The experience of tears is a central theme in St. Isaac’s writing. In Homily 21 of the first volume, he is asked, “What are the precise indications and close signs, by which one might feel that one has begun to see the [spiritual] fruit, hidden in his soul?” (In other words, “How can I know that I am making progress?”) St. Isaac replies, “When one is honored with the blessing of many tears, which flow without compulsion, because tears serve as a certain boundary between bodily and spiritual things, between the passionate condition and purity. Until one accepts this gift, all his works still take place only in the outward man, and he has felt nothing of the potency of the mysteries of the spiritual man. For, as soon as one begins to abandon the body of the present age, and finds oneself having crossed the boundary of what is contained in our nature, then one soon attains this blessing of tears. And these tears…lead one up to the perfection of God’s love.” (Hilarion, 140) Sometimes, tears are a kind of reward, bringing joy to the monk: “When the memory of God has arisen in [the monk’s] mind, then his heart immediately stirs with love for God, and his eyes abundantly issue tears. For it is proper for love to shed tears through the memory of what it loves.” (142) But, often, tears are a reflection of the monk’s sorrow and feelings of abandonment. According to St. Isaac, an inevitable and especially difficult challenge of monastic life is the feeling of being abandoned by God:
second volume, Conversation 9 (Hilarion, 112-113)
Perhaps this is where St. Isaac’s psychological understanding reaches its greatest depth. Instead of studying the subtle influence of sin on the human mind (as does St. John Climacus), he prefers to focus on the emotional state of the monk who is sincerely doing his best, but for whom God still seems to be out of reach. Indeed, he writes (first volume, Homily 45), “Not all passions make their attack in the form of tempting thoughts. For there are also passions that show only sorrows to the soul: sloth, despair, grief do not attack with tempting thoughts and delights, but only impose a heavy burden on the soul.” To the person suffering from these sorrows, St. Isaac speaks with understanding and reassurance, promising that it will not last long and offering practical advice: “During such times of temptation, when one’s mind is so clouded, he should fall upon his face in prayer, and not stand up until strength and light come to his aid from Heaven, supporting his heart in undoubted faith.” (Hilarion, 116) If that fails —
first volume, Homily 88 (Hilarion, 117)
Illustration for the first volume, 1802 edition.
Perhaps, in all of St. Isaac’s writing, his words of encouragement and advice during “clouded” times were what resonated the most with Orthodox monks across thirteen centuries. Yet, he was not only a source of emotional support and spiritual comfort, but also a religious thinker. He did not present his philosophy systematically — both the first and second volume freely jump between topics, so that one Homily or Conversation might discuss fasting, while the next might praise seclusion and the one after that might contemplate the nature of God — but his thinking was sharply original in many ways. One of the best-known examples is the following passage, which delineates a striking, unexpected contrast between mercy and justice:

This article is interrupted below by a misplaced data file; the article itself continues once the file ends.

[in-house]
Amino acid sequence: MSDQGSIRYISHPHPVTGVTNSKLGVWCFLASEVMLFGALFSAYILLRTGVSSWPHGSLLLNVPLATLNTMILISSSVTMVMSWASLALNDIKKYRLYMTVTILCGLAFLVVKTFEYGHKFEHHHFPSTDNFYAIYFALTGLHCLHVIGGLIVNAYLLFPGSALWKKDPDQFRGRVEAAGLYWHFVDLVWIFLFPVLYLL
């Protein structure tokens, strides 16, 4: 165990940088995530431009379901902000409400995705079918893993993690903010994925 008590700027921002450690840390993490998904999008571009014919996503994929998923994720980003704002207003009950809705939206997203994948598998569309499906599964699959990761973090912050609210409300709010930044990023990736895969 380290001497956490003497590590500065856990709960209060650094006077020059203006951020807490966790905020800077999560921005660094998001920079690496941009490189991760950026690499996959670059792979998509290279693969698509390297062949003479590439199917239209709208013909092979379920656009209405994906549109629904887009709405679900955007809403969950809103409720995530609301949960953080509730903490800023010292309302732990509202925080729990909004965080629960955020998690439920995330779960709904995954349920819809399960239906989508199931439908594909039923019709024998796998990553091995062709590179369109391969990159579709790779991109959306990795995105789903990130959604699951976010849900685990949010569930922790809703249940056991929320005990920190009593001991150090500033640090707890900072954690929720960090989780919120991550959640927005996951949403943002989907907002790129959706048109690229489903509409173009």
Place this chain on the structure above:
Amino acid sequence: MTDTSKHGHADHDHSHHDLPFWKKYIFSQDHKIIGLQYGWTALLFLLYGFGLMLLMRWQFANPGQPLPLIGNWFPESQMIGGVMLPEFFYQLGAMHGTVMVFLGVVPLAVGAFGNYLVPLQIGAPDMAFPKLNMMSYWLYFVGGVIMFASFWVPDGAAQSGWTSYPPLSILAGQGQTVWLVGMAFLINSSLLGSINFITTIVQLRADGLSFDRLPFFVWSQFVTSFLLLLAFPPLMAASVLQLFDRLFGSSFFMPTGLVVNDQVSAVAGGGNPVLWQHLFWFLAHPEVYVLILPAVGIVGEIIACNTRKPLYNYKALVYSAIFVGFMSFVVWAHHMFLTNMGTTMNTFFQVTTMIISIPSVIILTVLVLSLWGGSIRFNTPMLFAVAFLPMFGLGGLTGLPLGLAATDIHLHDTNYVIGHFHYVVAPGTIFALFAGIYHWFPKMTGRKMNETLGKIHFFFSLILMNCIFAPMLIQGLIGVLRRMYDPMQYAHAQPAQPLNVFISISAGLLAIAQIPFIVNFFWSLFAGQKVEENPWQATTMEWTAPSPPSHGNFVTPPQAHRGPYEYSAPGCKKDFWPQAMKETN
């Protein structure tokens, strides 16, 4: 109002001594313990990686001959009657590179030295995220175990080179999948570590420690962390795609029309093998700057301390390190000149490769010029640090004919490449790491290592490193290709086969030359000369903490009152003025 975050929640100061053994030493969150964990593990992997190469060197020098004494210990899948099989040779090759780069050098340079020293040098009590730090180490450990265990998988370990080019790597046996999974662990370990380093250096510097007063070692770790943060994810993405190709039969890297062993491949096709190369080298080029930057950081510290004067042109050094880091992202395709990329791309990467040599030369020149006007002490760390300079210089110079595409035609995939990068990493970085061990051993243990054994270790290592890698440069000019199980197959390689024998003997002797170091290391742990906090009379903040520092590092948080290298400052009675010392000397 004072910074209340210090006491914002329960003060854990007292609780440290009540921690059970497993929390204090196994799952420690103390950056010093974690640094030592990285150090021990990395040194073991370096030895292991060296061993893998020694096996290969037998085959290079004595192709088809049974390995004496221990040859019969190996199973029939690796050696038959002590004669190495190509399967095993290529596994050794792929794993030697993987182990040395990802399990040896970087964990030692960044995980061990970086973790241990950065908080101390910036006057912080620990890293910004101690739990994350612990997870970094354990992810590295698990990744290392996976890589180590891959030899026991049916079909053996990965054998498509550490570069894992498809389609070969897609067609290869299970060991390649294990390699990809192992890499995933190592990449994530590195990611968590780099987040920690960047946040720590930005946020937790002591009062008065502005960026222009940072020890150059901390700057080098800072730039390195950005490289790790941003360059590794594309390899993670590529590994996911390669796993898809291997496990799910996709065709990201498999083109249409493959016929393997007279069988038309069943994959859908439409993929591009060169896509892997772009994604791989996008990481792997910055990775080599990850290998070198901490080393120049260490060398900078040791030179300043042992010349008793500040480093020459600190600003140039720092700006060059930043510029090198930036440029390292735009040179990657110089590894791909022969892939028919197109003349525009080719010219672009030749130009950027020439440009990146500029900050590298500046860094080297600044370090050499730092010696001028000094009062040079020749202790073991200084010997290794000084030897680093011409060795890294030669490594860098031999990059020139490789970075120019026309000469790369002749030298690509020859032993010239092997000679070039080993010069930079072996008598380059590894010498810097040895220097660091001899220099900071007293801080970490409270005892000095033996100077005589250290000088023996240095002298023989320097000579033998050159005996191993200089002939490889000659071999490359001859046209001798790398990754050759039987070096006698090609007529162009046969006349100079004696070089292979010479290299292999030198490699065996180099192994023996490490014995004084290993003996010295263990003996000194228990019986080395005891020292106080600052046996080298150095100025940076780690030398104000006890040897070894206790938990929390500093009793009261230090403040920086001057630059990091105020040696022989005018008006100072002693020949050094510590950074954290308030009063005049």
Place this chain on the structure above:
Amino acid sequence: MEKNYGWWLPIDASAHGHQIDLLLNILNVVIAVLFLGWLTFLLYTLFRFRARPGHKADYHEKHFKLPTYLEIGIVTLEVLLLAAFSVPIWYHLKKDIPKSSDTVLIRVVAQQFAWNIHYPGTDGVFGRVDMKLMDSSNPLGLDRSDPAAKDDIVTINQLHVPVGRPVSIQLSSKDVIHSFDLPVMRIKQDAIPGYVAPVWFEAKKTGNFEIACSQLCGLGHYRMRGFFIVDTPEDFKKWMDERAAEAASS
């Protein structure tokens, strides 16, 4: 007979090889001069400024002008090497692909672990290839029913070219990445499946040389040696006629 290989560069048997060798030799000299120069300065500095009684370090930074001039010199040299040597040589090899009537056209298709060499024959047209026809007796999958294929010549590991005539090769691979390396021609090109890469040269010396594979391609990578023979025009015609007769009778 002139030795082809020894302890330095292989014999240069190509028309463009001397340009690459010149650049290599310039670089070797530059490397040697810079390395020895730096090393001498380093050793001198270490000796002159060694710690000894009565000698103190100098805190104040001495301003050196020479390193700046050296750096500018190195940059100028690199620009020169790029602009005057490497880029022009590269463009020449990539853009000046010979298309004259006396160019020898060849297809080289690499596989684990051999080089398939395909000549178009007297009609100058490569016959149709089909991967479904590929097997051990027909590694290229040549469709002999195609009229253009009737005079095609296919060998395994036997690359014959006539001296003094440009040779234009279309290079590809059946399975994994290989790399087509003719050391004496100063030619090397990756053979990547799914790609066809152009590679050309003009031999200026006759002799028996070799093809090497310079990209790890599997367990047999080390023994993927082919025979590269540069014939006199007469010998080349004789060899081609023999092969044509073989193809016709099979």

first volume, Homily 89
This is an unconventional way of looking at things. Justice is viewed as a fundamental moral concept in most cultures, including ours. It is the standard by which we evaluate societies and political systems. In ancient Greece, justice was the central problem of philosophy (the question “what is justice?” is the starting point of Plato’s “Republic”); from there it made its way into Roman Catholic theology as one of the “cardinal virtues.” Most Christians of any denomination would probably agree with the statement that “God is just,” and in fact, the idea of God’s absolute justice is for many people one of the most attractive aspects of the idea of God. But St. Isaac rejects it as a moral value. According to him, “in justice there is a portion of malice,” and that necessarily makes it a quality that God does not possess. In God’s eyes, justice is inferior to “mercy,” which outweighs any sin that could be imagined.
And here he is together with St. John Damascene,
in an Orthodox church somewhere in France.
Mercy, according to St. Isaac, comes from love. He is a true spiritual successor to St. John the Theologian in professing love as the essence of God — he takes this belief further than any other ecclesiastical writer in Christian history. To him, God’s love is truly infinite and given as a gift to all of creation, regardless of who “deserves” it more. In the second volume he asserts: “Just as, in the mind of the Creator, there is no created nature that might be ‘earlier’ or ‘later’ than another, but rather in His mind everything that He has brought into being exists eternally — and not so that He knows one thing before or after another, but all of them equally without any one coming earlier or later, by even one second — so there is no one ahead or behind in His love: with Him there is no ‘more’ or ‘less’ in principle. On the contrary, just as there is equality and stability in His mind, so there is equality and stability in His love.” (Hilarion, 57) But long before this material came to light, he was famous for his poetic evocations of love and mercy, as they appear in the heart of the monk who gradually comes closer to God:
first volume, Homily 48 (Hilarion, 61)